Danial Haas apologized before commenting that Tom Kelley is considered “Turkey Jesus,” by many who know him. It was apparent he is adored by all, especially those who wait with bated breath for turkey season to begin each year. The season opened on Monday in Alabama. A more reverent title for Tom Kelly is “Poet Laureate of the Turkey Woods.” It was an emotional and heartfelt moment.

Ann Bedsole, having known Tom for years and a writer in her own right (Leave Your Footprint), is a significant reason the Monroeville Literary Festival exists. She told the audience that one day, she found herself at her farm not far down the road from Monroeville with nothing to read and reluctantly picked up Tenth Legion. “It is the best book I’ve ever read,” was her response. 

A fitting end to the day’s literary activities was a book signing by all the authors present. An evening reception followed with music by Diamond Reo 75, a reunion of fellow Yale graduates including Mobile’s own Bill Oppenheimer on the keyboard. They were quite good and it made for an enjoyable evening.

The next morning, we were back in the courtroom for a presentation by Ethel Morgan Smith. She recently won the 2023 Eudora Welty Prize for her book, Path to Grace: Reimagining the Civil Rights Movement. This is one of her many works that shines a light on those who worked behind the scenes, making an impact and highlighting the struggles within communities throughout the country. 

Of the many books I purchased, and after visiting with Ethel Smith at the event, Path to Grace was the first book I started reading when I returned home. It is enlightening with a strong reminder that the road to equal rights was hard. The work is not complete, but so much progress has been made. There is certainly a grace to her writing. 

Ethel has led an interesting life and has encountered many historic figures along the way. This work is a collection of stories about many people you may have never heard about, including several from Alabama. She currently resides in Birmingham where she is a writer and a scholar.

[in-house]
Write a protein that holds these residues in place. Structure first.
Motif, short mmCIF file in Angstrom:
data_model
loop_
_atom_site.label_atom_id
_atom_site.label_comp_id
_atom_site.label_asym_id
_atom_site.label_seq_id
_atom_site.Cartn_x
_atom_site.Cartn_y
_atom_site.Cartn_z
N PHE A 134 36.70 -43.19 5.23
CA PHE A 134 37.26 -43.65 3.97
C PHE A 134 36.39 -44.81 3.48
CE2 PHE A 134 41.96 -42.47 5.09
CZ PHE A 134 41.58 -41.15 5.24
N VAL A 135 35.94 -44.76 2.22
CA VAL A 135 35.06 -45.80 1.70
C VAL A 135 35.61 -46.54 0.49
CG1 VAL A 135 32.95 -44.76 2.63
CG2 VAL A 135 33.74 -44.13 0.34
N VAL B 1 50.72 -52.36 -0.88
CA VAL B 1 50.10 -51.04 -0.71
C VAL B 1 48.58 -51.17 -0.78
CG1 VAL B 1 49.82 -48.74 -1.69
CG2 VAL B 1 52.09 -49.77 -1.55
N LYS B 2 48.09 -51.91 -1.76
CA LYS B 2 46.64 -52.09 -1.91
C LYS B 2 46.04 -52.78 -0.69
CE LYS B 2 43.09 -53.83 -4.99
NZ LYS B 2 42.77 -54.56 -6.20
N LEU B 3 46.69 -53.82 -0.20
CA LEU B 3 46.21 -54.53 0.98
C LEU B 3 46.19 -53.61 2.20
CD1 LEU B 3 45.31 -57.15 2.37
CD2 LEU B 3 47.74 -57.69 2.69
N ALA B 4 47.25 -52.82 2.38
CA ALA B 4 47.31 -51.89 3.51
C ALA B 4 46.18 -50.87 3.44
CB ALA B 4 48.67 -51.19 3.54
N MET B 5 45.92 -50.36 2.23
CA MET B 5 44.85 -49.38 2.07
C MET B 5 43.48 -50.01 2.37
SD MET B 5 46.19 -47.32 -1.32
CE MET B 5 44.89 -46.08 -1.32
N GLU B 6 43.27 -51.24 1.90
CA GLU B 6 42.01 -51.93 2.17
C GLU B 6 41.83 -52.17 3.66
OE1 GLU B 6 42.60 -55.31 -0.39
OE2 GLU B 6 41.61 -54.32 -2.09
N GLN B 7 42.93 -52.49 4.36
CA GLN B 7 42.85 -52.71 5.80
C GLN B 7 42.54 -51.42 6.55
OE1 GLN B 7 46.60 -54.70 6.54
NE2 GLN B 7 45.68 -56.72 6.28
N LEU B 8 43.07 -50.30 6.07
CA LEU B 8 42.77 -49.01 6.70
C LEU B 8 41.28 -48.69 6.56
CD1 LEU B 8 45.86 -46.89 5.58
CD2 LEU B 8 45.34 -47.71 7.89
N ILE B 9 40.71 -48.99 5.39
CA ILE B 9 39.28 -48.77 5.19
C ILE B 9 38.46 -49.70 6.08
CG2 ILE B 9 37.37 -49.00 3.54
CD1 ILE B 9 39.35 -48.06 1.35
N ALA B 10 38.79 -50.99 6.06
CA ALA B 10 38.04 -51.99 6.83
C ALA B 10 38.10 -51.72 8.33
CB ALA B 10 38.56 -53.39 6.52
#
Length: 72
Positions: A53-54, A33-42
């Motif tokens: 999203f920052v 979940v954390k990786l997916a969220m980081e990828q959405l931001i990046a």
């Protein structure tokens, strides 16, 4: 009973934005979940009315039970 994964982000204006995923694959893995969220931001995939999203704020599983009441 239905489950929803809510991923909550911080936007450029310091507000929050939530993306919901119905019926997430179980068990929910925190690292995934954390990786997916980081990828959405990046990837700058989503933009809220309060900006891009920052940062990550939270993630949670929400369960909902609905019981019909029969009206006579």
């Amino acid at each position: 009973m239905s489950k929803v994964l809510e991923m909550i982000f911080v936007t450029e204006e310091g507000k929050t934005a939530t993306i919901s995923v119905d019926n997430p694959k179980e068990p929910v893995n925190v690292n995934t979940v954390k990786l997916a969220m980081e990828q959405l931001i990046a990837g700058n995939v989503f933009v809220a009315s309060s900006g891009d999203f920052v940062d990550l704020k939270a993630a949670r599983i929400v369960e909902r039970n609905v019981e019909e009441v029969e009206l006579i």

Our last presentation was a Q&A with Kelsey Bernard Clark. Kelsey is a born and raised Southerner from Dothan who as a chef, has gained fame and fortune. She was the fifth woman and first Southerner to win the title of Bravo’s Top Chef in season 16 in 2019. She released her debut cookbook, Southern Grit: 100 Down-home Recipes for the Modern Cook in 2021. 

In 2024, Kelsey was a James Beard Award semifinalist for Best Chef: South. Of her many accomplishments, she operates KCB Restaurant and Kelsey Bernard Catering in Dothan.  She enjoys gardening and is passionate about all things interior design. 

She has recently signed a two-book deal on food and entertainment with Chronicle Books. If you enjoy cooking and entertaining, you will enjoy getting to know Kelsey. As the programs concluded, we were treated to a wonderful lunch and final book-signing event at The Shop at 66, just around the corner from the Court House.

There were other authors at the event worth mentioning. I enjoyed visiting with Robert Bailey, Wall Street Journal best-selling author of the Jason Rich series, the McMurthrie and Drake legal thrillers series, the Bocephus Haynes series, and the inspirational novel, The Golfer’s Carol. Robert resides in Huntsville, and when he isn’t writing, he is a civil defense attorney in his hometown. His latest work, Rich Waters is at bookstores now. 

Also featured was writer Barbara Barcellona Smith, a California gal who comes from a large Italian family and has lots of stories to show for it! Barbara, whose most recent book, Let’s Eat Snails, now lives in Enterprise, Alabama. She spent the day before the Festival in Monroeville classrooms and headlined Saturday’s family activities. 

Jennifer Horne, who served as the twelfth Poet Laureate of Alabama from 2017- 2021, introduced her new book Odyssey of a Wandering Mind, a gripping biography of Sara Mayfield, an early twentieth-century Alabama aristocrat who led a troubled but remarkable life amid some of the literary giants of her time. 

Unfortunately, Tina Mozelle Braziel and her husband, James Braziel, both accomplished writers, had to cancel their presentation due to testing positive for COVID-19. They were missed, but it did not dampen the enthusiastic reception or the wonderful experience we all had. The Monroeville Literary Festival volunteers did a magnificent job and were kind, courteous, and always helpful.

I highly recommend you make plans to attend next year’s event. However, be prepared to be “book-poor” when you leave. Not a bad thing at all!

Mar 20, 2024
Day Trippin'